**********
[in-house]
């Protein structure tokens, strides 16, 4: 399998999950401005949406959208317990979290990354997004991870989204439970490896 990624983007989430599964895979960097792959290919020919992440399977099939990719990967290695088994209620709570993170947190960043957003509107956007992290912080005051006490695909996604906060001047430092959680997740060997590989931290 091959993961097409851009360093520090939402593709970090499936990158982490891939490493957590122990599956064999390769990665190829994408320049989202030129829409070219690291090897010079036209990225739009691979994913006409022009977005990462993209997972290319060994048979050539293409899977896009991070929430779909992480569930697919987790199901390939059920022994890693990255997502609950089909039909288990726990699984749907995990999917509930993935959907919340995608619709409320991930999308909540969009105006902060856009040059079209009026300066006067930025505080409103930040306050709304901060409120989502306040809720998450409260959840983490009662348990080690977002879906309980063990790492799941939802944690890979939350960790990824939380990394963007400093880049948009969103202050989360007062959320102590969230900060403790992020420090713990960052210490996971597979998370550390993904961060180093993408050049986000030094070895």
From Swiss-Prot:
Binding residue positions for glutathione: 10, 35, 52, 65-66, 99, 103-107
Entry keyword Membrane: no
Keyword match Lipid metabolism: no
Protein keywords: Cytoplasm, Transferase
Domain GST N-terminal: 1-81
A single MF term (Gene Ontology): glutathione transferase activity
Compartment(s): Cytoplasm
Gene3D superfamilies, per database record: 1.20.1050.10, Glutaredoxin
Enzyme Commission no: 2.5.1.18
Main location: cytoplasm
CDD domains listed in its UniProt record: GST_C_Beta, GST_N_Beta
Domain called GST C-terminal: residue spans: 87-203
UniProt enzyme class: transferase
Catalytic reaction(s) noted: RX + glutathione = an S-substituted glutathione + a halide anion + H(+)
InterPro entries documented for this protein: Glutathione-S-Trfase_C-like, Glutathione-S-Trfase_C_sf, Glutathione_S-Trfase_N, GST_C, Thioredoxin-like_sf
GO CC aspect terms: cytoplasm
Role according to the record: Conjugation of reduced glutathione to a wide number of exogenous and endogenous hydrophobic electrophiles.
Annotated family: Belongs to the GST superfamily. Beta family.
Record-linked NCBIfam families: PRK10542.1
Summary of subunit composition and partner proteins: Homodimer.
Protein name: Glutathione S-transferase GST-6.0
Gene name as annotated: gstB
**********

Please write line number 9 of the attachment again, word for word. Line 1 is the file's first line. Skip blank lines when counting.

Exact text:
A single MF term (Gene Ontology): glutathione transferase activity